Parc Frédéric-Back, Montréal, 2020.
Photo : © Alain Beauchesne

Sinks and Spills: The Containment and Entanglements of Matter-Bodies in Frédéric-Back Park

Philippe Vandal
Landfills are human and non-human assemblages, situated between territorial and cultural politics. Their material characteristics are multidirectional: horizontal in terms of their spatial orientation on land; vertical in terms of their accumulated waste and layered bacterial processes. They are contained and controlled by physical and chemical constraints, yet their transformations are highly unpredictable. They leak metabolized matter that has been turned into hazardous liquids and volatile toxic compounds through bacterial processes. They cause multispecies health issues and impact real estate development and local economies. Yet, they lurk throughout urban environments. Montréal hides many of them, with a few rehabilitated as green spaces. Parks such as Sir Wilfrid Laurier, Rosemont, Père Marquette, Baldwin, Pelican, the Montréal Botanical Garden, and many others are former sites of accumulated waste. The newest is the Saint-Michel Environmental Complex, also known as Frédéric-Back Park.

Frédéric-Back Park sits on the former Miron Quarry, which was filled with garbage accumulated from the early 1960s to the mid-1990s. The park is the result of historical protests against, and political responses to, the noise and hazardous waste that caused the community’s quality of life to deteriorate. Officially open to the public since the summer of 2017, the park embodies the counterimage of its subterranean infrastructure: a 192-hectare curated landscape designed by the Lemay architectural firm, with trails blazing through different ecosystems, sustainable buildings, and cultural centres. Biogas wells, dispersed throughout the landscape, aggregate toxic bacterial anaerobic fumes and redirect their flow to an on-site electric generator and geothermal facility. The spherical design of their architectural enclosures, a collaboration between Lemay and Morelli Designers, conceals the pipes from the public and creates a “new landscape’s feeling of otherworldliness” while adapting to soil movement.1 1 - Lemay, “Frederic-Back Park Landfill Rehabilitation: LEMAY — Architecture and Design” LEMAY, 1 July 2020. This “new” landscape’s “otherworldliness” is othering, resonating with Hortense Spillers’ associating the colonial Other with the alien figure2 2 - Hortense J. Spillers, “The Idea of Black Culture,” CR: The New Centennial Review 6, no. 3 (2006): 7-28., and simultaneously acting as a “material enactment of forgetting.”3 3 - Myra J. Hird, “Waste, Landfills, and an Environmental Ethic of Vulnerability,” Ethics and the Environment 18, no. 1 (2013): 106.This With forty million tons of garbage under its green and sustainable infrastructure, the Frédéric-Back Park embodies an ambiguous sight. Environmental gentrification, or “the process whereby the seemingly progressive discourse of urban sustainability is used to drive up property values and displace low-income residents4 4 - Miriam Greenberg and Susie Smith, “Environmental Gentrification,” Critical Sustainabilities,“, plays out through the absence-presence of highly designed environments and the dissimulation of unwanted matter-bodies.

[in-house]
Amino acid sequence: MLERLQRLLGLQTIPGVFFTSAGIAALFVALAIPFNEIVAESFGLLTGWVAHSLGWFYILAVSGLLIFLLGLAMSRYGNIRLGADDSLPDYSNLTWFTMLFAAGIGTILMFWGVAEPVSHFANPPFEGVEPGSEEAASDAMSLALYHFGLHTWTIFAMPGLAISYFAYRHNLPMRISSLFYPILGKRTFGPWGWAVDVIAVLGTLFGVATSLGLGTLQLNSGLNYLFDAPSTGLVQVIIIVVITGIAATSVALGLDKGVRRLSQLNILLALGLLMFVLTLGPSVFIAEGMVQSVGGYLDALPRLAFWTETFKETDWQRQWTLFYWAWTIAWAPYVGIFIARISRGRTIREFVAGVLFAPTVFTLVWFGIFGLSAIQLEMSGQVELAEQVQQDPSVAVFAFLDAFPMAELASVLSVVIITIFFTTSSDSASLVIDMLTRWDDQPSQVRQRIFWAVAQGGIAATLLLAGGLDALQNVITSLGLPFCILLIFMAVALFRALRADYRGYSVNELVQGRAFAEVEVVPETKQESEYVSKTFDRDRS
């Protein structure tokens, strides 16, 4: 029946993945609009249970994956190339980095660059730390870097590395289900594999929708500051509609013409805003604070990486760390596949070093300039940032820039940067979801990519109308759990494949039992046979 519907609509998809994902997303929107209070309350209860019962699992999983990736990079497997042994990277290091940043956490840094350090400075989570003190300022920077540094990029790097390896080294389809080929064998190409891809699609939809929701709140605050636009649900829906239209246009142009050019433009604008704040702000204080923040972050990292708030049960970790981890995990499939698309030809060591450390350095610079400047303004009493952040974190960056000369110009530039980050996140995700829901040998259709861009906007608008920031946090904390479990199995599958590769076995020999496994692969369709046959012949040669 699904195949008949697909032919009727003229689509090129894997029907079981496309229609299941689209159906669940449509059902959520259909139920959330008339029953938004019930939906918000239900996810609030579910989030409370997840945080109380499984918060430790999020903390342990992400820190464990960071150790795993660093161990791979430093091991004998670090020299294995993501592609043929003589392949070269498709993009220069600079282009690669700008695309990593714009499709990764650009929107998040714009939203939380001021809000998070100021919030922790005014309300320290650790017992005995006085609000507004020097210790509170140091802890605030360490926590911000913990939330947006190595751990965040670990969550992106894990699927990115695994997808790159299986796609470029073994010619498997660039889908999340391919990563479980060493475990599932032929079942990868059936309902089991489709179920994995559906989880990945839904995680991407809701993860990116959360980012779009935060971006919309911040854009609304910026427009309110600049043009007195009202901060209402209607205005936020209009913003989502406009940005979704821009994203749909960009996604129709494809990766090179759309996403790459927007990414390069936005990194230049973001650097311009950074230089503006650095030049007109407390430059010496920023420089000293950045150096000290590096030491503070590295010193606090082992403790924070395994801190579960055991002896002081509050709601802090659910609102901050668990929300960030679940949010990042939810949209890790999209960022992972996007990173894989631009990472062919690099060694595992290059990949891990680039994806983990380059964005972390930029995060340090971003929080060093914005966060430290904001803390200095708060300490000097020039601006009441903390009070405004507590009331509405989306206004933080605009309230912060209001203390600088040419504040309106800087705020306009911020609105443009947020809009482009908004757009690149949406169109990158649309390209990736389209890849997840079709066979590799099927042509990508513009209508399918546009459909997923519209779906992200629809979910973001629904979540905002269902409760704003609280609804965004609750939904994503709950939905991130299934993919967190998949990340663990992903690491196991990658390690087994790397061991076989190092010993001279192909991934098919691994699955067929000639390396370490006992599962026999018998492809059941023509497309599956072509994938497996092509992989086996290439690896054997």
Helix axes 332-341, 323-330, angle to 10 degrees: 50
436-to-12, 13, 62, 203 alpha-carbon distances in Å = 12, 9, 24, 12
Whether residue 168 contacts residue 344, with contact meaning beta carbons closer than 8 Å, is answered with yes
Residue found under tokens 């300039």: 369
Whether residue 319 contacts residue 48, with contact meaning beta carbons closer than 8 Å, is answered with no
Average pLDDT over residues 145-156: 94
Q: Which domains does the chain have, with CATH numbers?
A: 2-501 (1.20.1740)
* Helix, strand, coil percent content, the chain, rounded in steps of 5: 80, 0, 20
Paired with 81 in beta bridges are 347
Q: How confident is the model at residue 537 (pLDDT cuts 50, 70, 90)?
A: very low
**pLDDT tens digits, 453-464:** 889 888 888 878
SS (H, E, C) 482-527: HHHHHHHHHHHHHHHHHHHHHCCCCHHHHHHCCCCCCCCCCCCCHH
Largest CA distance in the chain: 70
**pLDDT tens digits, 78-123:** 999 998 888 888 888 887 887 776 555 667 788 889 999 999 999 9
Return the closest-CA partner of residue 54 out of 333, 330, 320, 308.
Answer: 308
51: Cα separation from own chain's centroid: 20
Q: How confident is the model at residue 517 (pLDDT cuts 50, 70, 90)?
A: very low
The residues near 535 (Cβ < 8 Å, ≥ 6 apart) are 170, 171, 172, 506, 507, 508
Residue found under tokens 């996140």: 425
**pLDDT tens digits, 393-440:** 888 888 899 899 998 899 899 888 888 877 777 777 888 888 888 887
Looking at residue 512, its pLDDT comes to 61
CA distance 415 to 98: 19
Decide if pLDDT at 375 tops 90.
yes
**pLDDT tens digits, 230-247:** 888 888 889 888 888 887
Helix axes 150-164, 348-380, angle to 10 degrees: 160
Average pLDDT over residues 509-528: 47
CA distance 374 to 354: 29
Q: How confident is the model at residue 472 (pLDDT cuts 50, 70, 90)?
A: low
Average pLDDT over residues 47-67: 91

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This article also appears in the issue 101 - New Materialisms

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